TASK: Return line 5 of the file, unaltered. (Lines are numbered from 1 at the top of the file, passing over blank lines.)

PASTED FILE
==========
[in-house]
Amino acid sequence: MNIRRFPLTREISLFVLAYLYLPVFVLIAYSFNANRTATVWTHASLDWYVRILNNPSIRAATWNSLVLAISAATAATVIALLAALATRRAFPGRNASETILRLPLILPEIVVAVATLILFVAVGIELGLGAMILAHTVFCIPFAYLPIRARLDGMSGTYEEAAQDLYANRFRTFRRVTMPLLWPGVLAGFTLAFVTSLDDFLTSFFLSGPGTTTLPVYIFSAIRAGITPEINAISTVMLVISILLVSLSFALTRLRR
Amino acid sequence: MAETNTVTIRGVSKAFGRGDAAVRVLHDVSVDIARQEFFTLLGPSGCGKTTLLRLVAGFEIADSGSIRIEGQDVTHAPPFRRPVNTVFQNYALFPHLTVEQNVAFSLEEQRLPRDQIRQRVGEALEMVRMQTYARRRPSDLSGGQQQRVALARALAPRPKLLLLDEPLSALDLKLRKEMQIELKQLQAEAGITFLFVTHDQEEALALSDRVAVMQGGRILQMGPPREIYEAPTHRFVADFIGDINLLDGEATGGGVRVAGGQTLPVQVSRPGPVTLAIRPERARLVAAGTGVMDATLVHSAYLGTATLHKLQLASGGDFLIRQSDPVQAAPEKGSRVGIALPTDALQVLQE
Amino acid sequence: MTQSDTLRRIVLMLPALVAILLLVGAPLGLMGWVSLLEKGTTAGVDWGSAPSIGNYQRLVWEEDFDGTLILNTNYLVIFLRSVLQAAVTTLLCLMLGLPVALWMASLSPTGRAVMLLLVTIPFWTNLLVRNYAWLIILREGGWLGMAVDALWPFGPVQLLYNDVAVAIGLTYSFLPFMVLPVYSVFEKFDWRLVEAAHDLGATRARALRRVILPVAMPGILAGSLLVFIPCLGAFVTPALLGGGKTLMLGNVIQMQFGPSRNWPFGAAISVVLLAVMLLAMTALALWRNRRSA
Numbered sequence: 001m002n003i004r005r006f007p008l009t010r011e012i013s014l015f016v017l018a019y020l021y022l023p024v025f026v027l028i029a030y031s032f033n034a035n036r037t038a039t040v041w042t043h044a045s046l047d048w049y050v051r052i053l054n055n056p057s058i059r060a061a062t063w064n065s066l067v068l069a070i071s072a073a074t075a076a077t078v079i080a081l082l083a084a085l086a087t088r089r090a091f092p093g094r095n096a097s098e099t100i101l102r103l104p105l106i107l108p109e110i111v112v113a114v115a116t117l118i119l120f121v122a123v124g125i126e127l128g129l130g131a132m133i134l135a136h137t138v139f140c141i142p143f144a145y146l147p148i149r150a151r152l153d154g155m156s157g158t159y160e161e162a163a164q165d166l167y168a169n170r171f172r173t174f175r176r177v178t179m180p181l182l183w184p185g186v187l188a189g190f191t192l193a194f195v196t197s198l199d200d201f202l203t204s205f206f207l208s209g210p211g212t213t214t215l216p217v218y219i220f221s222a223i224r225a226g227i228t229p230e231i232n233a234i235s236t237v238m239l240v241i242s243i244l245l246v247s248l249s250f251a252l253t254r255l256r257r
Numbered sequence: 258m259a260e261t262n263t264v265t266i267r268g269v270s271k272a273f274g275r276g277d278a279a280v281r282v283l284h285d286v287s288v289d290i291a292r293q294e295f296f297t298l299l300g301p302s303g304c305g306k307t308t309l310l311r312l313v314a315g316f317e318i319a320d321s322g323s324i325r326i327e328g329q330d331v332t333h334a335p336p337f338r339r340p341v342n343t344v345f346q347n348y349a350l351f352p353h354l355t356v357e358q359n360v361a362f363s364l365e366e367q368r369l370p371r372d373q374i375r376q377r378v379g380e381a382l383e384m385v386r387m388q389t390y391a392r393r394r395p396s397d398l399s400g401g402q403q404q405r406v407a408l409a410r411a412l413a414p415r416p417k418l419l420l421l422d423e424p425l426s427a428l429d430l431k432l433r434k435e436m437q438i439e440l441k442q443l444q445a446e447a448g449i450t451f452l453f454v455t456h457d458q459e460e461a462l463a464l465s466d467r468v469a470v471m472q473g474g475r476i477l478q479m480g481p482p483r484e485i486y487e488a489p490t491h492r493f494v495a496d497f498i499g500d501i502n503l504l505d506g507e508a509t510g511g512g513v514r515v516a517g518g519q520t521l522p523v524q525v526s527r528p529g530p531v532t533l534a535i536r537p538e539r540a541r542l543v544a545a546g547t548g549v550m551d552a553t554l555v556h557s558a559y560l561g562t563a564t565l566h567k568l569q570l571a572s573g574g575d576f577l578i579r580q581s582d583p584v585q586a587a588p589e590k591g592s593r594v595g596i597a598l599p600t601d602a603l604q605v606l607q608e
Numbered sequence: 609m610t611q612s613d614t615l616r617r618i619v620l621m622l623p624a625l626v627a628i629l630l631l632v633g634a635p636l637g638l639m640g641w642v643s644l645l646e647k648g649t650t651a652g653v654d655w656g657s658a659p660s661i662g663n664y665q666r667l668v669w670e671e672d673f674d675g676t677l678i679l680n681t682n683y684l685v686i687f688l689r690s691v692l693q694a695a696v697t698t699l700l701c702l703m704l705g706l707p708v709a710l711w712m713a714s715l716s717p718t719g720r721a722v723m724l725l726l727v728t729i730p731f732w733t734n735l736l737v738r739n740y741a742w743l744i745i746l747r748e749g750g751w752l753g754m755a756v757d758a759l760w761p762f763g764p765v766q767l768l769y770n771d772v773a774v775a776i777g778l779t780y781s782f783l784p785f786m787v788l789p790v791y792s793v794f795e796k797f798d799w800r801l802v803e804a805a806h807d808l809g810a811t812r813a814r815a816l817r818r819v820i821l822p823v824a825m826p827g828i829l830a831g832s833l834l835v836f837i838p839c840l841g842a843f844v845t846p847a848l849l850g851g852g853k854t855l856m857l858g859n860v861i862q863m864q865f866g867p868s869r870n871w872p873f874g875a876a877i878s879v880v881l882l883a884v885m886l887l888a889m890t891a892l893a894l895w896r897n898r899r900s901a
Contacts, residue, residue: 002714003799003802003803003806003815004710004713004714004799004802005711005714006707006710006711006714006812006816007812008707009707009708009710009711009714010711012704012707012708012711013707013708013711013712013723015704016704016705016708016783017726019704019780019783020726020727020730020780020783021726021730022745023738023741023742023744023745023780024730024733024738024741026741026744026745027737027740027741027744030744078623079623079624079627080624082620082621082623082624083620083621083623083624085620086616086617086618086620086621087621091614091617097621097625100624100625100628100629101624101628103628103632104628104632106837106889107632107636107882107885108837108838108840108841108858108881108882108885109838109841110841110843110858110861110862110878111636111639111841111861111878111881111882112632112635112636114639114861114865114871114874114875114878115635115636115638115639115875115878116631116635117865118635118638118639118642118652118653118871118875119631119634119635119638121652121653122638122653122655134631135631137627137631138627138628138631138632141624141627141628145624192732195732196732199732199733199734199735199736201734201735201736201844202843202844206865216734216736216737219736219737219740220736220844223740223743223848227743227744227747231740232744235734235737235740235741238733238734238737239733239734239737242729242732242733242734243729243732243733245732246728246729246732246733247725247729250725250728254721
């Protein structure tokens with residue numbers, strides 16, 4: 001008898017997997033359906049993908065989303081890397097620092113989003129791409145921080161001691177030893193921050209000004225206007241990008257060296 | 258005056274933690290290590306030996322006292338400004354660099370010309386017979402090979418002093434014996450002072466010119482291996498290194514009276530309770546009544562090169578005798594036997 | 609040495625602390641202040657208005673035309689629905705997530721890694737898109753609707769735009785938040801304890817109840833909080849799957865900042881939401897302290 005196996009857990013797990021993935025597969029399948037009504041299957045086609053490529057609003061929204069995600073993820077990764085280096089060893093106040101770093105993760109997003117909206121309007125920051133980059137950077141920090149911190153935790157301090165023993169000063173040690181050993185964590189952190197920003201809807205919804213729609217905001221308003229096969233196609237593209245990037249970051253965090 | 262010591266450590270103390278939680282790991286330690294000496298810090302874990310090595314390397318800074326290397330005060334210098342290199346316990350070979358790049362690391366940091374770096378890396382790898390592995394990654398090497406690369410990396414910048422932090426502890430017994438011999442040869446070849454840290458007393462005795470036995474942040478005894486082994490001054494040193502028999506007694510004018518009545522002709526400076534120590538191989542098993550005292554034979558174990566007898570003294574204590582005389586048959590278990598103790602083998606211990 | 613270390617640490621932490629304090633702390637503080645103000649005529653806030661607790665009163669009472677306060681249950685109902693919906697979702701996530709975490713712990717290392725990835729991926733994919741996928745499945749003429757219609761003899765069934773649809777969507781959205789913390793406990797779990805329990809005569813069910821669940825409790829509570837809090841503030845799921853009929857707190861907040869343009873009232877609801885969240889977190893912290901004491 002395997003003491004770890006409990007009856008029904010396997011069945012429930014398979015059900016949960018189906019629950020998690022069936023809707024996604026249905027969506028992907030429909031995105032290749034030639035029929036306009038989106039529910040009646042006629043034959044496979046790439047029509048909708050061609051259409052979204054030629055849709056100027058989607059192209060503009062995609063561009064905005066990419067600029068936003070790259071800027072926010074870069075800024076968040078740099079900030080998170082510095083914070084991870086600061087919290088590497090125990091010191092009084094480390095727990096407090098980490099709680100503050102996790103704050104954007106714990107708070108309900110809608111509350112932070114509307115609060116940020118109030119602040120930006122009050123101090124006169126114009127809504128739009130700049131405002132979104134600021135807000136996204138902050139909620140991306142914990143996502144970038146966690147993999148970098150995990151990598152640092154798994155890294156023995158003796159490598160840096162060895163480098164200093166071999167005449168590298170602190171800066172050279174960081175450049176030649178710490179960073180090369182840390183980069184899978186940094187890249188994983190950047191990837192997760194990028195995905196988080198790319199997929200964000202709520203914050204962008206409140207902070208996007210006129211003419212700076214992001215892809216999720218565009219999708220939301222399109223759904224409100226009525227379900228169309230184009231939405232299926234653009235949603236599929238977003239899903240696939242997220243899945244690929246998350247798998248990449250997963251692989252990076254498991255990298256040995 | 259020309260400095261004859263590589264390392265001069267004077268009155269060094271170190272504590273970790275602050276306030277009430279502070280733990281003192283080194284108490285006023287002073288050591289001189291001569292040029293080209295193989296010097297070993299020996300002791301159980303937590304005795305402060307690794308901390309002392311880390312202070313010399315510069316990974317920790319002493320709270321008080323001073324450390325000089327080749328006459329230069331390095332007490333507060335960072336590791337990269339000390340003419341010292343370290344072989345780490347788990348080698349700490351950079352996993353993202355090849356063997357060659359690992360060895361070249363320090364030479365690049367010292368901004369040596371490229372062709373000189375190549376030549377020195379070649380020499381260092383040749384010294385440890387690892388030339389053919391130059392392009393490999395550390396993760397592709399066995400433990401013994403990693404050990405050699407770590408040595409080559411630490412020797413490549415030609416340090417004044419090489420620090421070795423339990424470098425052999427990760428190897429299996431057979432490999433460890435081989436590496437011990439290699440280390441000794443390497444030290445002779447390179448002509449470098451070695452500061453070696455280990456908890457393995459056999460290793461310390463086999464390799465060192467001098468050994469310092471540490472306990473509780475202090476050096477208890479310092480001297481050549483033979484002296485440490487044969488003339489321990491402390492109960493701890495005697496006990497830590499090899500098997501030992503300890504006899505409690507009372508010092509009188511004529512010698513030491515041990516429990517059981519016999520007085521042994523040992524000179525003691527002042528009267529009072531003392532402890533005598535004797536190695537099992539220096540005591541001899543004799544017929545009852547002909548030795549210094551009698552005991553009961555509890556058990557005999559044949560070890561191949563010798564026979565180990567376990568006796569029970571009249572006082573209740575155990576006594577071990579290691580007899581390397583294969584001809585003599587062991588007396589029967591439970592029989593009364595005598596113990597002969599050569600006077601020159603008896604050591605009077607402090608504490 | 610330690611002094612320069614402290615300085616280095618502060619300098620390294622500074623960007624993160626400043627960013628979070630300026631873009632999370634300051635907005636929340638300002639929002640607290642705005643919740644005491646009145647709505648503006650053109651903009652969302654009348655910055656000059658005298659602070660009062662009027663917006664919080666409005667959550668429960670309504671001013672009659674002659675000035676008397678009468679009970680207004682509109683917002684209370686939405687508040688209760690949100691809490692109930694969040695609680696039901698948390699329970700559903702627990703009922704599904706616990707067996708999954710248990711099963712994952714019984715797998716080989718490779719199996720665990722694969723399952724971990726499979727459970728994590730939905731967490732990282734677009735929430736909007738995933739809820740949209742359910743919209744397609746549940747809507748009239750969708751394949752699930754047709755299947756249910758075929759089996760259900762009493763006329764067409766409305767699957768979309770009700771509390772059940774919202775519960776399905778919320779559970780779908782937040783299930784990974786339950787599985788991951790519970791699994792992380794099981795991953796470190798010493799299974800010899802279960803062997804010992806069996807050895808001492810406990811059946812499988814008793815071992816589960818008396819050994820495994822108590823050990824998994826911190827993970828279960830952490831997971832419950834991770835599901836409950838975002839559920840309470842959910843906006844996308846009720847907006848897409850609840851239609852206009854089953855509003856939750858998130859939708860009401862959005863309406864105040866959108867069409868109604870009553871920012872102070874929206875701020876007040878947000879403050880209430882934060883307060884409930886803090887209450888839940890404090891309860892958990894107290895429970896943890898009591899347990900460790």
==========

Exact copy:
Numbered sequence: 001m002n003i004r005r006f007p008l009t010r011e012i013s014l015f016v017l018a019y020l021y022l023p024v025f026v027l028i029a030y031s032f033n034a035n036r037t038a039t040v041w042t043h044a045s046l047d048w049y050v051r052i053l054n055n056p057s058i059r060a061a062t063w064n065s066l067v068l069a070i071s072a073a074t075a076a077t078v079i080a081l082l083a084a085l086a087t088r089r090a091f092p093g094r095n096a097s098e099t100i101l102r103l104p105l106i107l108p109e110i111v112v113a114v115a116t117l118i119l120f121v122a123v124g125i126e127l128g129l130g131a132m133i134l135a136h137t138v139f140c141i142p143f144a145y146l147p148i149r150a151r152l153d154g155m156s157g158t159y160e161e162a163a164q165d166l167y168a169n170r171f172r173t174f175r176r177v178t179m180p181l182l183w184p185g186v187l188a189g190f191t192l193a194f195v196t197s198l199d200d201f202l203t204s205f206f207l208s209g210p211g212t213t214t215l216p217v218y219i220f221s222a223i224r225a226g227i228t229p230e231i232n233a234i235s236t237v238m239l240v241i242s243i244l245l246v247s248l249s250f251a252l253t254r255l256r257r